My computer includes a broadband connection characterized by Down/Up 1184 Kbits/sec by 448 Kbits/sec. I think it is the lowest of the DSL offerings.
I do not have a camera that records 1440 x 1080 HD Anamorphic 16:9, so I created such a video (jpgs with Position keyframed objects for movements). I then exported it from Premiere Elements 11 via Publish+Share/Computer/AVCHD with Presets = YouTube Widescreen HD (under the Advanced Button/Video Tab I left the default bitrates as is 8/9 and set the frame rate to 29.97 frames per second). Then I uploaded the AVCHD.mp4 (1280 x 720 p29.97) to YouTube at the YouTube web site. The upload looked OK with the exception of the moving red circle which I created as a moving object in one of the jpg photos. Crude test, but just wanted to see what I would obtain.
I still think the answer to you issue is increasing the bitrate for quality, but this is going to be counterproductive with higher bitrates and greater file size and slower Internet connections.
Right now I am uploading the source 1440 x 108 i29.97 HD Anamorphic 16:9 to YouTube at the YouTube web site to see what that is going to look like. On that one YouTube would be doing the deinterlacing not Premiere Elements preset. But, two variables there....bitrate for quality and deinterlacing by two different means.
Result....M2T - YouTube
Add On....After reading all of the above, the bottom line may be simple and overlooked.....when you are viewing your video at YouTube, what is YouTube setting for viewing 360p or a HD setting such as 720p? That may be the answer. When I used the HD viewing setting at YouTube and not its default 360p setting, my red circle issue disappeared for the video with the lower video bitrate. And, when I used the HD settings for the your YouTube sample video, they looked great and previously thought interlacing issues did not exist any longer.
Many, many thanks for taking such care in responding and even doing research, ATR! It's good that this discussion will help a lot of people confronted by similar issues! I'm sure that a lot of those people will be interested in the conclusions. I need time to absorb what you've written and conduct the research that you've suggested. I'm grateful that this is taking place, and will give it the best I've got, and come back, I hope, late today or tomorrow. Have to do the right thing as a carer right now. Have printed your reply to make sure that I absorb everything correctly. Talk soon, and thanks again.....
Thanks for the reply.
Right now I am focusing on that YouTube viewing set which is not at the resolution of the upload, but at a way lesser resolution. I knew that before this but did not factor it into this until I started my mini test runs.
That 720p YouTube viewing setting did wonders for your YouTube uploads as well as my mini test run YouTube uploads.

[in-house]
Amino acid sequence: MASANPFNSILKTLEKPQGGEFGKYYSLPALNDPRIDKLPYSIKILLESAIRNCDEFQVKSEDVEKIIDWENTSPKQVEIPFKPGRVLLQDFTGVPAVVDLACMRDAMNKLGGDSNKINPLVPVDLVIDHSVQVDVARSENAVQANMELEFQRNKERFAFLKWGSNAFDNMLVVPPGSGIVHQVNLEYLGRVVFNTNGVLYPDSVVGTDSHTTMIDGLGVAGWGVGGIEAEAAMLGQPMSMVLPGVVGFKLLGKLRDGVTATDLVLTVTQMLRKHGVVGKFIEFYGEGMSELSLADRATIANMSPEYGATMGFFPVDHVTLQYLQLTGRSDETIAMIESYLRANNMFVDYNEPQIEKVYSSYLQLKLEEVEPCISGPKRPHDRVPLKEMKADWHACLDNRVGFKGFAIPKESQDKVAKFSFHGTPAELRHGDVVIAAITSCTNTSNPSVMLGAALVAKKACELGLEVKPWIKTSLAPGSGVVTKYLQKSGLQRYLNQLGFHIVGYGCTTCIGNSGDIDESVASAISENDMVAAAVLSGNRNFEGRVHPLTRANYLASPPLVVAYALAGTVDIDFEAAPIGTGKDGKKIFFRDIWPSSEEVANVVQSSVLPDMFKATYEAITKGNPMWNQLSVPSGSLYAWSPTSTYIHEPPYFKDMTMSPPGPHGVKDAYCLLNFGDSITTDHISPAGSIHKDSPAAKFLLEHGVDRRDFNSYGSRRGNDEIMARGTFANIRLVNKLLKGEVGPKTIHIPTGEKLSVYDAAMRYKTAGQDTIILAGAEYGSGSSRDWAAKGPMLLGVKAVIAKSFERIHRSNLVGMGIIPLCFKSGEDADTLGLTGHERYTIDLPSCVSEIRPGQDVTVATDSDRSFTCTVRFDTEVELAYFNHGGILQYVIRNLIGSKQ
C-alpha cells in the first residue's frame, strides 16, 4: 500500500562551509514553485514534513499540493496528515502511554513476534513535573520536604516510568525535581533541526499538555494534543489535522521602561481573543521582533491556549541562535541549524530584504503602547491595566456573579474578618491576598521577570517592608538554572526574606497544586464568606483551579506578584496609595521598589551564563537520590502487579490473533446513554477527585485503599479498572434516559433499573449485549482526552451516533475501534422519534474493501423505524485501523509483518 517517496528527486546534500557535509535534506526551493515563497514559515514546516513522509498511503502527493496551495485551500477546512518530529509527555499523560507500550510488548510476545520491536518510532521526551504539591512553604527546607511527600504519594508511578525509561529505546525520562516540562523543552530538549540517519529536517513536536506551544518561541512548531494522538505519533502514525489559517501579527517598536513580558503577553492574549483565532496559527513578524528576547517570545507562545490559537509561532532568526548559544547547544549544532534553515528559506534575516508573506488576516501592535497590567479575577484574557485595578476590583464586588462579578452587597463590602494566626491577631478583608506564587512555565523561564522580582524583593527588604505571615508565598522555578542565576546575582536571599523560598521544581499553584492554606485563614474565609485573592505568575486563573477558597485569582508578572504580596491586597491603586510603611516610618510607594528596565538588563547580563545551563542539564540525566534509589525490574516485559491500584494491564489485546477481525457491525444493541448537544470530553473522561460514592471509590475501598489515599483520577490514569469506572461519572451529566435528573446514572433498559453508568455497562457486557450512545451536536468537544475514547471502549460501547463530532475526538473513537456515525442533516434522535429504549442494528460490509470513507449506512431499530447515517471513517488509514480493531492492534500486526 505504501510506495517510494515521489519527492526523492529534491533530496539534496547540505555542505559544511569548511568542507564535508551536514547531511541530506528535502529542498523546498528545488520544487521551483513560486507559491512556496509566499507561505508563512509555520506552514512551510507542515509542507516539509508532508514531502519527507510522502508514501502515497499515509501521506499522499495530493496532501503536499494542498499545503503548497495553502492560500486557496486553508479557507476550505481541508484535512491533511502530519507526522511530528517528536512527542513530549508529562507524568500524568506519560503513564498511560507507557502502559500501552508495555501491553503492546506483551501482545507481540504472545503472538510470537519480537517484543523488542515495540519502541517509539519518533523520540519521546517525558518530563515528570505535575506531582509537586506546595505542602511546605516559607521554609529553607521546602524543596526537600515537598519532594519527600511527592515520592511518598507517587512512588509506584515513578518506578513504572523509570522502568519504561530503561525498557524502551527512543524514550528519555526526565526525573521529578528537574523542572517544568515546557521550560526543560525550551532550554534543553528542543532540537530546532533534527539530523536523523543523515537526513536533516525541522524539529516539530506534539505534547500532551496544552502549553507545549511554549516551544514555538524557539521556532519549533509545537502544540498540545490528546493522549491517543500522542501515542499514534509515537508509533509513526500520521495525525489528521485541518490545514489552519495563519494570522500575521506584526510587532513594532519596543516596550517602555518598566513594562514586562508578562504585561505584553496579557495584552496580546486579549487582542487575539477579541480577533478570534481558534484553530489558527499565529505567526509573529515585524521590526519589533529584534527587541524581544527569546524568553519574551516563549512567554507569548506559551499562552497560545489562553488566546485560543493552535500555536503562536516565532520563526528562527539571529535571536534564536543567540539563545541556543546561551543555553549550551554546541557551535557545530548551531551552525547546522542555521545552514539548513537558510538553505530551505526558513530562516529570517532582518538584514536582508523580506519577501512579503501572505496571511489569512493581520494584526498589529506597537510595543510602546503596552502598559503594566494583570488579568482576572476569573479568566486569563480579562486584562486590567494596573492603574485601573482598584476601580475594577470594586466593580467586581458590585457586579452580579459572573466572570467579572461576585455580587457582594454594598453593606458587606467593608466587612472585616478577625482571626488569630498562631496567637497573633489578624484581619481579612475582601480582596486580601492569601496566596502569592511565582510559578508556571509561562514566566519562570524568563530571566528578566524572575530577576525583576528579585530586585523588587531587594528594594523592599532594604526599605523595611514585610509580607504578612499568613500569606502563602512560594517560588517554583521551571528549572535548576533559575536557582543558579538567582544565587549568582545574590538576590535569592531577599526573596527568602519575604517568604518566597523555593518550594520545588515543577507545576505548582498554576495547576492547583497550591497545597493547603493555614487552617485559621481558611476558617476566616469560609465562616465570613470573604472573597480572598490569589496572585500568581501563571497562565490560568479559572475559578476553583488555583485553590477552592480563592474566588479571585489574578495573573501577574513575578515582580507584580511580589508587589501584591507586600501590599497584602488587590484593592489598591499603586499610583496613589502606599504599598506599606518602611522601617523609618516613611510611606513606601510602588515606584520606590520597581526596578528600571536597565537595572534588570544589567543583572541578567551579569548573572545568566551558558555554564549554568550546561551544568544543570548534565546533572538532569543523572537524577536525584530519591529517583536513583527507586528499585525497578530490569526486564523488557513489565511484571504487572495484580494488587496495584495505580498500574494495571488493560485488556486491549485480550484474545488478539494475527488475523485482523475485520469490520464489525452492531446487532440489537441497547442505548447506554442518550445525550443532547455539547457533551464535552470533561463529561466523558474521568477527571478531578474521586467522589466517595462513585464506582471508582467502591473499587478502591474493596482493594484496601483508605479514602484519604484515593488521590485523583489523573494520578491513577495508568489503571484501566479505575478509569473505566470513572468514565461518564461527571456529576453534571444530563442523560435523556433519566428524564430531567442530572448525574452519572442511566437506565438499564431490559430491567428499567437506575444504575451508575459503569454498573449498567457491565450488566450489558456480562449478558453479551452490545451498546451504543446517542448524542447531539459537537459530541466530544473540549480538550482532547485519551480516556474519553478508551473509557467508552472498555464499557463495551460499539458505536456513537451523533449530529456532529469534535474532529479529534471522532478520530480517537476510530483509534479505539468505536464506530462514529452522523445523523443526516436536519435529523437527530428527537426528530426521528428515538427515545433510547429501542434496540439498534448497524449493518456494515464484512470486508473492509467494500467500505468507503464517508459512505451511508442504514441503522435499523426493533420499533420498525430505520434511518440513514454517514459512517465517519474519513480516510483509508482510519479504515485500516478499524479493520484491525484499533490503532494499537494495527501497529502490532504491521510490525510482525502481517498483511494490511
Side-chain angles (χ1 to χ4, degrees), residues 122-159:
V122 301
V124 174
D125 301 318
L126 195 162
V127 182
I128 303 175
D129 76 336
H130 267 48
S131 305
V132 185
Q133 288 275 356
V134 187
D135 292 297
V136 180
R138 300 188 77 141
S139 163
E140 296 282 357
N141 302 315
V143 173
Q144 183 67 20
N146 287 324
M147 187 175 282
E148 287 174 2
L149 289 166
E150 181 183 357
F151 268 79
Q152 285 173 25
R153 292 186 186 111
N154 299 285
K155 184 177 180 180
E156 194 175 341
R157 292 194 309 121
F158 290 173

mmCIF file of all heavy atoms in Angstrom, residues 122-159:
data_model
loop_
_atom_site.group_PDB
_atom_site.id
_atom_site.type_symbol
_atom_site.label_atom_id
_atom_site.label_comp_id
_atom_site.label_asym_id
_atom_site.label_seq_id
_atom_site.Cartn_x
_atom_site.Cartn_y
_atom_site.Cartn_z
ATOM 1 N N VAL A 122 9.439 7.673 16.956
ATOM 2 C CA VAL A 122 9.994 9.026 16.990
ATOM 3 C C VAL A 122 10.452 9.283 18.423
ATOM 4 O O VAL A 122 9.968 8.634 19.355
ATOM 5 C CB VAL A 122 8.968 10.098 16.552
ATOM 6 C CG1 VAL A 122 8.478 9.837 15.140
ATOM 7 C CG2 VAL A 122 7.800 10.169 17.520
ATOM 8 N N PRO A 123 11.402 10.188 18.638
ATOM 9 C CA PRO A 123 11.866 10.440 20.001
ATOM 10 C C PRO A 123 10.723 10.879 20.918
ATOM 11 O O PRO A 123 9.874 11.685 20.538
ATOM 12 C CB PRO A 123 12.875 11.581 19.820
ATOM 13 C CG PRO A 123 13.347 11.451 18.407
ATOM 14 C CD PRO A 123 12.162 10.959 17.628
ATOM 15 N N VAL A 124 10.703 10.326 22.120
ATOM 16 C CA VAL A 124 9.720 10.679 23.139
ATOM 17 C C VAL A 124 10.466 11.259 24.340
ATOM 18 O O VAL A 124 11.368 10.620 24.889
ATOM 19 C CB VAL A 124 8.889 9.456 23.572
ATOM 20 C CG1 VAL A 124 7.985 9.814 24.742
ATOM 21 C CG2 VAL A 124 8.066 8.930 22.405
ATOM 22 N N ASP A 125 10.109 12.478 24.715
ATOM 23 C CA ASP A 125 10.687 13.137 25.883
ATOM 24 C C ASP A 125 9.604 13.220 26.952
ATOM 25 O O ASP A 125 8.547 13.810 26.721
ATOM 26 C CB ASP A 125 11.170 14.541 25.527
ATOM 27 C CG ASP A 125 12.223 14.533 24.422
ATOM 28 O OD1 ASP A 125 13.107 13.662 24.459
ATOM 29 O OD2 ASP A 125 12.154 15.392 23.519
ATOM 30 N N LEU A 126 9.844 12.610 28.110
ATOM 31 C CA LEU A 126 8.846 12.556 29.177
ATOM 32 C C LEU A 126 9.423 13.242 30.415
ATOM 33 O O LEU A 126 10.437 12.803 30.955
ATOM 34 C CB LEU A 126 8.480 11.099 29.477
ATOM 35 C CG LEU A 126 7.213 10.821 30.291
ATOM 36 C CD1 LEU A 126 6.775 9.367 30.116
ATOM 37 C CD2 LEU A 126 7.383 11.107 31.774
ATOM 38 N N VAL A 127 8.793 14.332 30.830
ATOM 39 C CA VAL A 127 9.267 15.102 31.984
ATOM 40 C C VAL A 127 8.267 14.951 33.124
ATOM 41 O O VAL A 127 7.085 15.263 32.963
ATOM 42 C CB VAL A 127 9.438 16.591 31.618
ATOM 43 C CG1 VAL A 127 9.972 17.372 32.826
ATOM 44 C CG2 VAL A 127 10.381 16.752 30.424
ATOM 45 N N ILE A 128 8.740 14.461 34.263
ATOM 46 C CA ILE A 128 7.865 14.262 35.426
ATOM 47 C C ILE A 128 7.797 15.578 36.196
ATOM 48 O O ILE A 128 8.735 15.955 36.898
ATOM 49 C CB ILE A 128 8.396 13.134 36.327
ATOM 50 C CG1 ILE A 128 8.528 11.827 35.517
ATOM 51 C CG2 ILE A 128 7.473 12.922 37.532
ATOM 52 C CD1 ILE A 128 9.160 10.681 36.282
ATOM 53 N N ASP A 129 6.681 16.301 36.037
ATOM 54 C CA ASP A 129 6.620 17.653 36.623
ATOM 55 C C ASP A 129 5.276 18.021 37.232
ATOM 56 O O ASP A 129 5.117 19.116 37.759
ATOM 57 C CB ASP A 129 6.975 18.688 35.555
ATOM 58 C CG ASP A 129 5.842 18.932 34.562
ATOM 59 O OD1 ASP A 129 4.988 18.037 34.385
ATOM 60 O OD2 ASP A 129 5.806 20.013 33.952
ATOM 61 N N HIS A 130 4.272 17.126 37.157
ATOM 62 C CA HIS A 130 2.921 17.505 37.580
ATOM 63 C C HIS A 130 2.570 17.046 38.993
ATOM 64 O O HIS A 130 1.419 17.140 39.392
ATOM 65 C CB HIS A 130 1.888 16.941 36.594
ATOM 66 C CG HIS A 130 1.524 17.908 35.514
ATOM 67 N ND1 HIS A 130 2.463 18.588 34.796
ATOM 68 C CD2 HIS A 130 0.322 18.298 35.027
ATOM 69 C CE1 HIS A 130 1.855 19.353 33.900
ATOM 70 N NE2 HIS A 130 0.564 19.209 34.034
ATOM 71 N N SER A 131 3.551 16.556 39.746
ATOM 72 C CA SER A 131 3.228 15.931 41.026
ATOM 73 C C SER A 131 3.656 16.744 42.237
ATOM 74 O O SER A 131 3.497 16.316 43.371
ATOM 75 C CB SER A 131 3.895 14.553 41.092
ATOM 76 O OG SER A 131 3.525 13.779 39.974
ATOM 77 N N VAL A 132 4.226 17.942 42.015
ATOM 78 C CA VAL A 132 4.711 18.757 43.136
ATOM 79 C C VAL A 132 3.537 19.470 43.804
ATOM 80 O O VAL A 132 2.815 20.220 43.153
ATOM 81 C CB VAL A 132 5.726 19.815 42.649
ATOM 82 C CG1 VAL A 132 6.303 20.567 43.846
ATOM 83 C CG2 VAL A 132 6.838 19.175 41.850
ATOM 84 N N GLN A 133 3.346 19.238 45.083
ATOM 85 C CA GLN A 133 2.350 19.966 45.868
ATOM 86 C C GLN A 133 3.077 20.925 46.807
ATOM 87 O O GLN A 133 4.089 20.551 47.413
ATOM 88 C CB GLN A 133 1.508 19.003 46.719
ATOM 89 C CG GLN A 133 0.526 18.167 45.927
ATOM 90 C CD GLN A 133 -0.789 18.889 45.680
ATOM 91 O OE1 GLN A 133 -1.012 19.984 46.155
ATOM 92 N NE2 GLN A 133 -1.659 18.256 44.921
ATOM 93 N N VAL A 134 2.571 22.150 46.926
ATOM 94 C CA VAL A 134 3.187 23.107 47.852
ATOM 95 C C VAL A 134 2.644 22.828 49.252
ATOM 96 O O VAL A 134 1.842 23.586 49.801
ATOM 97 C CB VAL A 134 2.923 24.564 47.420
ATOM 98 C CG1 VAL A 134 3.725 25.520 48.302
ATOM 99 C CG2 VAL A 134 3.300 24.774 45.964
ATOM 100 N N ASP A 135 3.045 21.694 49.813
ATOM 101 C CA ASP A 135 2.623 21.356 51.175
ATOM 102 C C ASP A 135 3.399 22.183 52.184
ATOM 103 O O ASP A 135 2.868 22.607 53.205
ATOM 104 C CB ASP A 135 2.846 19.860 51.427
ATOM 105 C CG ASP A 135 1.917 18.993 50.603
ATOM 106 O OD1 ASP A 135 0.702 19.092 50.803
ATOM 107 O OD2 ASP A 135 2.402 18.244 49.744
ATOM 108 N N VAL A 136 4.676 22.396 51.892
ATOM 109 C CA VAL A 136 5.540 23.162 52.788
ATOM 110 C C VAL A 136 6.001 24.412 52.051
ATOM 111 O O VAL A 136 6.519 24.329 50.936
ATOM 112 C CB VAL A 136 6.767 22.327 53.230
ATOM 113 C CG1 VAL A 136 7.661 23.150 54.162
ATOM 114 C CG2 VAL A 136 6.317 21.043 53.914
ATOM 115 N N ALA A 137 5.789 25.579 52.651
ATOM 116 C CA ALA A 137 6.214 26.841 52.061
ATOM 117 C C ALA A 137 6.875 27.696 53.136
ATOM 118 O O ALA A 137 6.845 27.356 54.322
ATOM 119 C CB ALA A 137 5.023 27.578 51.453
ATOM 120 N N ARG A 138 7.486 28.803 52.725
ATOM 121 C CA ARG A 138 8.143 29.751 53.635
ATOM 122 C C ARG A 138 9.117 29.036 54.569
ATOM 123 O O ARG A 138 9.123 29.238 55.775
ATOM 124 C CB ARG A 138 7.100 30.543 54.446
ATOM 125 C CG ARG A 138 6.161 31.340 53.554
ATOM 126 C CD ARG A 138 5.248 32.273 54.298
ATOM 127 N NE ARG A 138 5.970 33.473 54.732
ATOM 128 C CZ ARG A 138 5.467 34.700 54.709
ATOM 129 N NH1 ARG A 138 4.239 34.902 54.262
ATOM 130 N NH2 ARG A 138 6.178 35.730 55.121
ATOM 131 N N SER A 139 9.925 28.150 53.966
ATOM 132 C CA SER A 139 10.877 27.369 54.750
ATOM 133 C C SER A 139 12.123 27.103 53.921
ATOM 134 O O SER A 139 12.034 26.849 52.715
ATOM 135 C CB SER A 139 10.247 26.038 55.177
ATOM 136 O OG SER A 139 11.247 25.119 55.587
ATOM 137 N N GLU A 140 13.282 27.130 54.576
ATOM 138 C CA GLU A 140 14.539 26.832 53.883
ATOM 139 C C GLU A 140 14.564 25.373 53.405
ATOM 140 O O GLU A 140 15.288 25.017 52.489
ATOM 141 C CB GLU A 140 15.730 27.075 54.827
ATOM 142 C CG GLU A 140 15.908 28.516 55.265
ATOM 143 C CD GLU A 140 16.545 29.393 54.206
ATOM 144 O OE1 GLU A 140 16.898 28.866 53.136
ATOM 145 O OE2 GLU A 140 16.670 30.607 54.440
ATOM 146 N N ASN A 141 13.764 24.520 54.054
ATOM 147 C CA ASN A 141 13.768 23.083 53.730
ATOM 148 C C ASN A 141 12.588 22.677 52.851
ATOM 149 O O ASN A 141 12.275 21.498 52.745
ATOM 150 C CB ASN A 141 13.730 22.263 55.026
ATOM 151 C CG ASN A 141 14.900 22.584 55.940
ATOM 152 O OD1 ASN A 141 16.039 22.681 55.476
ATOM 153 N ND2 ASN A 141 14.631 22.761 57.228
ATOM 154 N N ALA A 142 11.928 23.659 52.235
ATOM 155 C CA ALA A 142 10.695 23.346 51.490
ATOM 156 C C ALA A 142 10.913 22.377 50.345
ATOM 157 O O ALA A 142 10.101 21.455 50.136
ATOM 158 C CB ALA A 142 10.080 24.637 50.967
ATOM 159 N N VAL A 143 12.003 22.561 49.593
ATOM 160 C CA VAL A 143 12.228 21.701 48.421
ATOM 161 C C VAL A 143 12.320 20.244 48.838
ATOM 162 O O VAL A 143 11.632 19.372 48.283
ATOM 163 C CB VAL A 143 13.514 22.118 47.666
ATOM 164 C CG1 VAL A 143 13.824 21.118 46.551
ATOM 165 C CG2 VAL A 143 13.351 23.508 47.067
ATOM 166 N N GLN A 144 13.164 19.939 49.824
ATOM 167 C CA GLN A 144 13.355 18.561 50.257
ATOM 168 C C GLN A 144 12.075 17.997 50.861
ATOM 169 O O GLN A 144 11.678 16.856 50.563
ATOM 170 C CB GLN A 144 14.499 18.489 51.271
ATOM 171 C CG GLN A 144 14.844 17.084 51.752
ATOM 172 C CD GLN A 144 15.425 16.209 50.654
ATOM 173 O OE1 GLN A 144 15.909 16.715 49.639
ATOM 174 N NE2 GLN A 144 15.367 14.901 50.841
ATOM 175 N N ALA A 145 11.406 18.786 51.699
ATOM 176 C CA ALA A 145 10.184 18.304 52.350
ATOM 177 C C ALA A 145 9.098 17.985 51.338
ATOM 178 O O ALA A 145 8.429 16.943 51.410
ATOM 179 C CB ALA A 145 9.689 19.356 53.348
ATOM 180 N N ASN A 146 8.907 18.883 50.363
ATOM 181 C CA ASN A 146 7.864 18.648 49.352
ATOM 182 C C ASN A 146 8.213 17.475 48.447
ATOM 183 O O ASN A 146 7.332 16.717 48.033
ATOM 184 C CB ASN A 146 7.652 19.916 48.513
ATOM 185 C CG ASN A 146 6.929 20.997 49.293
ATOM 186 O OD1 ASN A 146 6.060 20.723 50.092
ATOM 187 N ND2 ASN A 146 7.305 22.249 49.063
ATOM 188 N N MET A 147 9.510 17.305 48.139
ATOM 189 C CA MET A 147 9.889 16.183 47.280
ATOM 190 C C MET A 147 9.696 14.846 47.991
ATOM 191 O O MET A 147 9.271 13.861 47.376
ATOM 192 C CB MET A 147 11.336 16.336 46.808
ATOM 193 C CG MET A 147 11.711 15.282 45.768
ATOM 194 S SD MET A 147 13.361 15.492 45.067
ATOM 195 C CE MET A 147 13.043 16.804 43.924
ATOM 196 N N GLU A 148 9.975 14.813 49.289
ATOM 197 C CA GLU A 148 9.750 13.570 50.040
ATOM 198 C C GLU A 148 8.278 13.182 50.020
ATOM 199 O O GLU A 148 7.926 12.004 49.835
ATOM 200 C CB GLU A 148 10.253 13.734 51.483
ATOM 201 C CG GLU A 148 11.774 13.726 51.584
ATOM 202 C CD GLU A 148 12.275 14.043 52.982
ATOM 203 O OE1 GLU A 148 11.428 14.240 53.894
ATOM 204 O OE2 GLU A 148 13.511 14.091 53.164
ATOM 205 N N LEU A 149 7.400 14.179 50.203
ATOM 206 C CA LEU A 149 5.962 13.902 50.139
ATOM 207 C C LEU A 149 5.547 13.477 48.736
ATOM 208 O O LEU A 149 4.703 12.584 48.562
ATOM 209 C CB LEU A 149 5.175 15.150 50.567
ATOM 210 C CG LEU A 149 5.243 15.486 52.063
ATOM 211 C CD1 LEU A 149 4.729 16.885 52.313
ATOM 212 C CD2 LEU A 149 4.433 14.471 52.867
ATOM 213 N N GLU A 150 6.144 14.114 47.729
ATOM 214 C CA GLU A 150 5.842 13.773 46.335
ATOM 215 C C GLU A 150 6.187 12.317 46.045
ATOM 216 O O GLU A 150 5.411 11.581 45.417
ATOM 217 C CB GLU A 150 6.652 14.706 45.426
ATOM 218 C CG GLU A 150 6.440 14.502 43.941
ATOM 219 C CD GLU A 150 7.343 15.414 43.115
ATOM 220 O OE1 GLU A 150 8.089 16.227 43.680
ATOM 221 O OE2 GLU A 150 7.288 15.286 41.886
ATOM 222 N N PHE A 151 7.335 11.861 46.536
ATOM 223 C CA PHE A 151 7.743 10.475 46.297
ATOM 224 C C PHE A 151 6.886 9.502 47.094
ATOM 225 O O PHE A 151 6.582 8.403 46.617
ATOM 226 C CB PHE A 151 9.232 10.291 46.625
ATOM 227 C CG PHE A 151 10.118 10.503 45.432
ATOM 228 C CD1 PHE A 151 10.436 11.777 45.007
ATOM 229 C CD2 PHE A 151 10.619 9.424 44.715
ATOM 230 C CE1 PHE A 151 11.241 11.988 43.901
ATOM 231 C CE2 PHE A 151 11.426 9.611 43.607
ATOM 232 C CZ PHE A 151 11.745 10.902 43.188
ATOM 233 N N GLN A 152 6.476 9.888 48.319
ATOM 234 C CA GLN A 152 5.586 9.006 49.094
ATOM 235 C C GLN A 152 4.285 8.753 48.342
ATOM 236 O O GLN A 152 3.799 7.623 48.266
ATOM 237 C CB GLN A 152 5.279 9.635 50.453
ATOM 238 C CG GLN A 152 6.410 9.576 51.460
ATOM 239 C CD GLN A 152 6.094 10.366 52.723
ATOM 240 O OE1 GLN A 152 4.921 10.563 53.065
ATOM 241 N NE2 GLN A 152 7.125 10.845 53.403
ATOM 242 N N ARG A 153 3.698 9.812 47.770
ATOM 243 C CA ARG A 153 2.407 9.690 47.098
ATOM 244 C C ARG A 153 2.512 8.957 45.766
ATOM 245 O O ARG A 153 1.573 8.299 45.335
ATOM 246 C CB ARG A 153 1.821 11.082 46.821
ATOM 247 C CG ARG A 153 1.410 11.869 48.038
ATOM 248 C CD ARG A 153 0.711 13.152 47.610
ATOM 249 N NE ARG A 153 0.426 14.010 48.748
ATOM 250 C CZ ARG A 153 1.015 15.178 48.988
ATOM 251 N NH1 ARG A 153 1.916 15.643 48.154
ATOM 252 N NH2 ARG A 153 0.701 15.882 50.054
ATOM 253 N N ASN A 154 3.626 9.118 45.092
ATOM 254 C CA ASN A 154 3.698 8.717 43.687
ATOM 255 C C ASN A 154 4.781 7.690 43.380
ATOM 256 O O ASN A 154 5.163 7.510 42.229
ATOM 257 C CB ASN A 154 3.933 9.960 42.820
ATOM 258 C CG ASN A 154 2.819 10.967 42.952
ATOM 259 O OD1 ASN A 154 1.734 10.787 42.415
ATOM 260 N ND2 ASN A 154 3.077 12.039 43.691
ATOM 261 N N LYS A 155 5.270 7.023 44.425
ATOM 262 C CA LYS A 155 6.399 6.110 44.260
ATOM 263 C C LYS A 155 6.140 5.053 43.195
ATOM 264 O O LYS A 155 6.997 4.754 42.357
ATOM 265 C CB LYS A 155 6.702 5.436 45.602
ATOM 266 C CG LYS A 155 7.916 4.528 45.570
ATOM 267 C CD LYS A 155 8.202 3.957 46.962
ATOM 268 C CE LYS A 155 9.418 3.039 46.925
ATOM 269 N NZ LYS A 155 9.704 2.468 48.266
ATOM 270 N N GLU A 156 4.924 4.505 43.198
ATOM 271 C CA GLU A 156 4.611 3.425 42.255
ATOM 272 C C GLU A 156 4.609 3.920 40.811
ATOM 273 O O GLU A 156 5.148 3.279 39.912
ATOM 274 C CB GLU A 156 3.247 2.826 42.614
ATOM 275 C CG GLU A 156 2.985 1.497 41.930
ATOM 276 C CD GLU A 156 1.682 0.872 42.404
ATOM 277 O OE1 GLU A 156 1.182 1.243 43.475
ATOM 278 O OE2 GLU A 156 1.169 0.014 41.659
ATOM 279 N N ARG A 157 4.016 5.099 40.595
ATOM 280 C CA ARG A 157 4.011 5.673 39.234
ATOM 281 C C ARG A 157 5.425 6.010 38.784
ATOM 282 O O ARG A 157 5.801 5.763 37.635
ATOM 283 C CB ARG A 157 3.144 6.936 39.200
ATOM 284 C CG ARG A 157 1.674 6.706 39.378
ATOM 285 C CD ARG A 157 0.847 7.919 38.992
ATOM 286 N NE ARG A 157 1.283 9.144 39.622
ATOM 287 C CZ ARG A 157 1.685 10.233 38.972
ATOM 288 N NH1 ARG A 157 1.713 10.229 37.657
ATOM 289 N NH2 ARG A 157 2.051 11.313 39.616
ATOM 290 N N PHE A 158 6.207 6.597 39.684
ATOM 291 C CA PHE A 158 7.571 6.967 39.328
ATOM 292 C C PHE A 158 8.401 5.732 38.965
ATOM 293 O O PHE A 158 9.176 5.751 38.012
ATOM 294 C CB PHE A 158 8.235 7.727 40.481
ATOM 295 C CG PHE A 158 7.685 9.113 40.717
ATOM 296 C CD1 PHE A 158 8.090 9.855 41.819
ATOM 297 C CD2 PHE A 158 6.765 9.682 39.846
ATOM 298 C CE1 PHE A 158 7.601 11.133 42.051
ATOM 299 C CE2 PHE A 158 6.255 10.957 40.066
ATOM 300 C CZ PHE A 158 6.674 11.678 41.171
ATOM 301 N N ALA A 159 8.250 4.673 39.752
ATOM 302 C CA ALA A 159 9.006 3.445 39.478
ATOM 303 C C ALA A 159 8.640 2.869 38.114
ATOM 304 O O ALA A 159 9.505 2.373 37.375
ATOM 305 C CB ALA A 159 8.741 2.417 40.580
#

We will be looking forward to your observations when your schedule permits.
Hi ATR, I think I've absorbed your messages, but I'm just checking in with you before testing (brief) comparative uploads at the 8/9 bitrates in which I will let PE11 deinterlace in one test and YouTube deinterlace in the other.
I had been suspecting slow internet for the jittery, stuttery movements in-frame. This problem did not seem to be related to differing bitrates - but was persistent this evening, with 4 out of 5 bars indicated for the wifi connection with our ADSL2 router at home. Then I viewed your tests per the links in your second-last post. Well, your superimposed objects moved smoothly in both of your samples - at 360p, 480p and 720p viewing settings. By contrast, images of people moving through frame in both of my samples were stuttery. I couldn't see any definite difference at 360p, 480p and 720p viewing settings. My wifi speed remained 4 out of 5 bars.
The remaining factor begins to look like deinterlacing.
I want to clarify that I hadn't used the 1440x1080 preset since your first reply to me because you had explained the necessity for stretching the anamorphic resolution. Also, I want to explain how I accidentally used those high bitrates with one of the market uploads. The bottom preset in the Share to Computer/AVCHD options of PE11 reads “1280x720p deinterlaced fps per source”. The default bitrates here are – target 20mbps, maximum 21mbps.
The YouTube Widescreen HD option under Share to Computer changes from 1280x720p (NTSC) to 720x576 when you click PAL! This also happens when you click PAL with the MP4-HD 720p 24 and M2T-HD 720p options under Share to Computer in PE11! And having filmed at 1920x1080 I don’t want to go below 1280x720 – which is the recommended HD option for Facebook.
Now here are some brief comparisons of uploads directly to YouTube and following export to computer. Would you mind giving me your opinion on the smoothness of movement? Strangely, the direct uploads per the 1440x1080 preset seem to result in smoother movement as far as I can see – though the letterbox framing with pillars might be less desirable. The upload of our dog, Sammi, contains big camera movements and movements in frame – and the jerkiness in the 1280x720 upload via computer file is I think more obvious than in the uploads of the ducks (containing gentle movements).
That’s a bit verbose. What I’m asking is, can you see the comparative jerkiness in the 1280x720 upload of our dog Sammi? Do you think this is a more serious factor than the letterbox and pillars framing the 1440x1080 direct uploads from PE11?
1280x720 deinterlaced fps per source 8 target 9 maximum bitrates exported to computer before upload: https://www.youtube.com/watch?v=qp7DQ9Vm9UU
PE11 Share to YouTube at preset 1440x1080i 25: https://www.youtube.com/watch?v=jXVyE2Eht1I